'Amazing' 24-year-old from South Yorkshire donates brain to medical science

Aaron Wood was president of his university's squash club
Aaron Wood was president of his university's squash club
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An 'amazing' 24-year-old from South Yorkshire has given hope to others even in his death, by donating his brain to medical science.

Aaron Wood, from Catcliffe, Rotherham, died on Sunday evening of brain cancer - sadly too soon to be reunited with his grandparents living in America.

Aaron Wood with his younger sister Emily

Aaron Wood with his younger sister Emily

An appeal to fly them over for a final farewell had touched the hearts of hundreds, with the fundraising page quickly surpassing the £5,000 target.

His mother Crystal thanked all those who supported the appeal, which she said had 'meant the world' to Aaron and his family.

She said the money would help pay for his funeral, with a sizeable sum, including anything over the £5,000 mark, going to the Brain Tumour Research charity.

"Aaron was amazed by how many people he knew and didn't know supported the appeal. We were overwhelmed by the response, and it meant the world to him," she said.

"He was an amazing son. He always brought life and laughter to family gatherings, and his motto was 'love is all you need'.

"He was passionate about life and just wanted people to laugh. We've heard so many lovely stories from people about how in his first year at university he brought them out of their shells. There was never a dull moment with him.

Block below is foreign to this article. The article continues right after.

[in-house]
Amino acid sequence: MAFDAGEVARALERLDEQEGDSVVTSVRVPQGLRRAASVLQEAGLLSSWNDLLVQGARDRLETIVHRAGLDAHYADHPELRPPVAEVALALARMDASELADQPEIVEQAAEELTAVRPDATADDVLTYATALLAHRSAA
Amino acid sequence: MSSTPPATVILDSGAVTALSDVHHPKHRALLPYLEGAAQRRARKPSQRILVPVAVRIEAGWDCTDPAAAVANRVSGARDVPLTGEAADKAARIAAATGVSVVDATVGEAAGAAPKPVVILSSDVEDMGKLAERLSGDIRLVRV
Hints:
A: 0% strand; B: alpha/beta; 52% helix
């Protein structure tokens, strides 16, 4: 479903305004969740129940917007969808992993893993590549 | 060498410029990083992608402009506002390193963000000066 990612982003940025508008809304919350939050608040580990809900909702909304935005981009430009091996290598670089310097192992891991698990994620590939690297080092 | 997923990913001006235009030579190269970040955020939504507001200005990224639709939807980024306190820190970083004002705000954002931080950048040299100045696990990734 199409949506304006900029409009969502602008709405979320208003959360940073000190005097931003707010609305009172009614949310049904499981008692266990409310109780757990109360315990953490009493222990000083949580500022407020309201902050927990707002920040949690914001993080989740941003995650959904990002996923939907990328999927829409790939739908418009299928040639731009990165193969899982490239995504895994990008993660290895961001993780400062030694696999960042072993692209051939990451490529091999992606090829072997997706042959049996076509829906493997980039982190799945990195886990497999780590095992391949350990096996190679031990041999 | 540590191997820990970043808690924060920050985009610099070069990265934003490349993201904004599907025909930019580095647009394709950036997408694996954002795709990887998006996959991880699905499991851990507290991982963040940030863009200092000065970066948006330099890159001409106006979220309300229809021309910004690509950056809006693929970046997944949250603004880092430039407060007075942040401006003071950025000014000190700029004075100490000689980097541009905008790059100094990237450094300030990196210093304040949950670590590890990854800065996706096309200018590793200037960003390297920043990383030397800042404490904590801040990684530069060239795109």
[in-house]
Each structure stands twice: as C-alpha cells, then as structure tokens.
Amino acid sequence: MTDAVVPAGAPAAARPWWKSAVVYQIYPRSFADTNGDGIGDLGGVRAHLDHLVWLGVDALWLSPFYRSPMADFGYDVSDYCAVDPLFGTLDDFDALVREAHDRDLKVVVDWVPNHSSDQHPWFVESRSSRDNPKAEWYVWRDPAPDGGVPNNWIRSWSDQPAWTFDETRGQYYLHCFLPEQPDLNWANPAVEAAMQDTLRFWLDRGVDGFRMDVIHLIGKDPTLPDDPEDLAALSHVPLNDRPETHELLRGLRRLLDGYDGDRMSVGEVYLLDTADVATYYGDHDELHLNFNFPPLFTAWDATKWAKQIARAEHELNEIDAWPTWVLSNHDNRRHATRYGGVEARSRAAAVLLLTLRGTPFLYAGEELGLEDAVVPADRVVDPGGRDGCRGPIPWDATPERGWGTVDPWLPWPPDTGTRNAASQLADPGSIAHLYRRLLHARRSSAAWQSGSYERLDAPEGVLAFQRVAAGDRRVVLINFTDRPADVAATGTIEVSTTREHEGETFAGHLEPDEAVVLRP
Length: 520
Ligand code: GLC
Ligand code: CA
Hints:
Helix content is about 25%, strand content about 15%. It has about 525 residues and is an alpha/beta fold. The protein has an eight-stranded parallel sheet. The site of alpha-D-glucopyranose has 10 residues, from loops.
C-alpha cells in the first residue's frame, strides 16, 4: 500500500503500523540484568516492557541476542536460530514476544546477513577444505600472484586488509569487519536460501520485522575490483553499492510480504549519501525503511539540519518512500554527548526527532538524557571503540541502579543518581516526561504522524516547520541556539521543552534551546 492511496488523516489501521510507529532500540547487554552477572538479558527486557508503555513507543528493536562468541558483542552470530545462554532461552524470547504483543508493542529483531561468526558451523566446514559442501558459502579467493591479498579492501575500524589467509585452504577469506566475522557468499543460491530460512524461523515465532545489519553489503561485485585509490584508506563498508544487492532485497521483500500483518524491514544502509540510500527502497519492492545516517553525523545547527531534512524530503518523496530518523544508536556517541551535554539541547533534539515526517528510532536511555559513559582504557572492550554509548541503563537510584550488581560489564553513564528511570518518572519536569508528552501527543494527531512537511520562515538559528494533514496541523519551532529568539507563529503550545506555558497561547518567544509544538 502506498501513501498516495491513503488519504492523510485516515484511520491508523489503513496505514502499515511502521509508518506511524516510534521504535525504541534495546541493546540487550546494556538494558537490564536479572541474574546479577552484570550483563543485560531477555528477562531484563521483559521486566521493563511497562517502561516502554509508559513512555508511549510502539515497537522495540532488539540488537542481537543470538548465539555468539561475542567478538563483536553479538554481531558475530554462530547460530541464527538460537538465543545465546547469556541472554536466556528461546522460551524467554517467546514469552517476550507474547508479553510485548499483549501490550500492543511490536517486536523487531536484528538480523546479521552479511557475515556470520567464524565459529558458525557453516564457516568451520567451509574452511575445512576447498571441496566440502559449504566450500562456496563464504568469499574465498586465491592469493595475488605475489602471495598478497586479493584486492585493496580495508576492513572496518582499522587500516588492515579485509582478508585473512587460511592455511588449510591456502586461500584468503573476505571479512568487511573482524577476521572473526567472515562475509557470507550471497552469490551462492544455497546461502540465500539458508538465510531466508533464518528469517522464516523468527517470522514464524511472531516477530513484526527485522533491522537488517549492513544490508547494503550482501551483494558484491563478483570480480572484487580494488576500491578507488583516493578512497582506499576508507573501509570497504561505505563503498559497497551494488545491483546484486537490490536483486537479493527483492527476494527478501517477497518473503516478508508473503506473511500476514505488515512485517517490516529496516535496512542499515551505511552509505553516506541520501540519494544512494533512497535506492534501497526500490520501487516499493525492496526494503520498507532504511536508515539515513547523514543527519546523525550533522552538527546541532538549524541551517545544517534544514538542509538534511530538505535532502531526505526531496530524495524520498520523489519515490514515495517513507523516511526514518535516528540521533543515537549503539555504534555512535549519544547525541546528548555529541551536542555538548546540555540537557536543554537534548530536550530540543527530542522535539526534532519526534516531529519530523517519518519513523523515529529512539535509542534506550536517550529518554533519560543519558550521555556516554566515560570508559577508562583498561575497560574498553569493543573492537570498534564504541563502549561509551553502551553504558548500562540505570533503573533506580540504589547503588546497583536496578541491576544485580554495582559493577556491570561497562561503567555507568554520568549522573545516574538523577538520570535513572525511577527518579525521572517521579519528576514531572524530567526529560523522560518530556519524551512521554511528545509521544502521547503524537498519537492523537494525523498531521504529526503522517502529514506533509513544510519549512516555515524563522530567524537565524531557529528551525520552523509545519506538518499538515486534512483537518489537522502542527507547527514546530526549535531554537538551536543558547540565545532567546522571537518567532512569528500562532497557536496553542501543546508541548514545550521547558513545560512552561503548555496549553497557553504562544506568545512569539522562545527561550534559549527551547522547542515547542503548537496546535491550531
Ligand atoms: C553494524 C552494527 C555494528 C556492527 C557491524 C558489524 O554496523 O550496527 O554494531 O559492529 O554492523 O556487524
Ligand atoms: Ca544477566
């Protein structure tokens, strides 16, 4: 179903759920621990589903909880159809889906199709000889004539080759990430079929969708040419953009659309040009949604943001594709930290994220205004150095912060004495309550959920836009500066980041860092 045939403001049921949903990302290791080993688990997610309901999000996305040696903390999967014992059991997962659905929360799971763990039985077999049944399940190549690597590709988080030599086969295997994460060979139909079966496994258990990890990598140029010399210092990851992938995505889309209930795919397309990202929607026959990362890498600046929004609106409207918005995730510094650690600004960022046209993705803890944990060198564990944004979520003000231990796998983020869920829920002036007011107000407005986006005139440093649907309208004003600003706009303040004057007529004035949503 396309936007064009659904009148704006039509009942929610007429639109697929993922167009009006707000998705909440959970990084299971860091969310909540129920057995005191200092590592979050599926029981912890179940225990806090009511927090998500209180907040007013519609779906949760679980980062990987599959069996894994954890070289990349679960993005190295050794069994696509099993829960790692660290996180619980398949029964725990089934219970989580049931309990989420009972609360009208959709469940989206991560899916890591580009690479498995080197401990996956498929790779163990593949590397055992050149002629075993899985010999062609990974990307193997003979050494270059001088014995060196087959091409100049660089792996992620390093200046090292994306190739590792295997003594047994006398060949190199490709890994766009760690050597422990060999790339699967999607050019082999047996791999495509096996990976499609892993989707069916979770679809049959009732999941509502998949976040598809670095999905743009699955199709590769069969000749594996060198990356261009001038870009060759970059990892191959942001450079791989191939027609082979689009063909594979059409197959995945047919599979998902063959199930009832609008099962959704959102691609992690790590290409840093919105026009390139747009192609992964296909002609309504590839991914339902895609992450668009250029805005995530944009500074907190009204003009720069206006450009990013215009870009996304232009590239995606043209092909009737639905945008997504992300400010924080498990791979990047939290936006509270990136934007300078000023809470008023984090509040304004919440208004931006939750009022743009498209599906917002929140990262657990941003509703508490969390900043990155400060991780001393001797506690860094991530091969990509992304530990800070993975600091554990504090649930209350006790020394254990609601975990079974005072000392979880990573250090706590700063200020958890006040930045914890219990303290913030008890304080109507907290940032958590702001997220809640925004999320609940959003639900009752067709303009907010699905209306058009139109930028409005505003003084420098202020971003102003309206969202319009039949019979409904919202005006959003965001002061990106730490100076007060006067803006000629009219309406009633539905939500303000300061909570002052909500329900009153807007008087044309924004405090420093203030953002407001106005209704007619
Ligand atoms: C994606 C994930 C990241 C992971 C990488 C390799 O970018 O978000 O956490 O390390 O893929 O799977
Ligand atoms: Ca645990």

"We've learned so much over the last few days about how many people he inspired and touched, and we're immensely proud of him."

Lauren Stevenson, who started the fundraising appeal, also paid tribute, saying Aaron had a 'special talent of making you feel like you had known each other for years'.

"He was so much fun to be around and always made everyone laugh, even in the last few days," she added.

Aaron, who was a talented squash player and had hoped to become a coach, was diagnosed with a brain tumour aged 21.

He underwent surgery before returning to the University of Essex to complete his philosophy degree, obtaining a 2:1, and worked briefly for Currys' Knowhow technical support team in Sheffield.

Even after the cancer returned, he volunteered to help other terminally ill cancer patients while battling the disease himself.

Crystal said it was typical of his selfless nature that he was determined to donate his brain for research, in the hope it might save others.

"He thought if he could help one person not to suffer as much as he did it would be worth it," she said.

"It's very rare for them (scientists) to have a full brain to research, let alone one with a brain tumour in it, and a doctor said to me 'someone else has been given a gift'."

Crystal said the family hoped to raise awareness of brain tumours and planned to hold an event in Aaron's memory, though they had yet to decide what form this would take.

According to Brain Tumour Research, the disease kills more people aged under 40 than any other cancer, yet only one per cent of the total spent on cancer research in the UK is dedicated to brain tumours.

* Aaron's funeral will take place ar Grenoside Crematorium, in Skew Hill Lane, next Friday, December 16, 1.15pm. Anyone is welcome. His family has asked for donations to Brain Tumour Research, in lieu of flowers.

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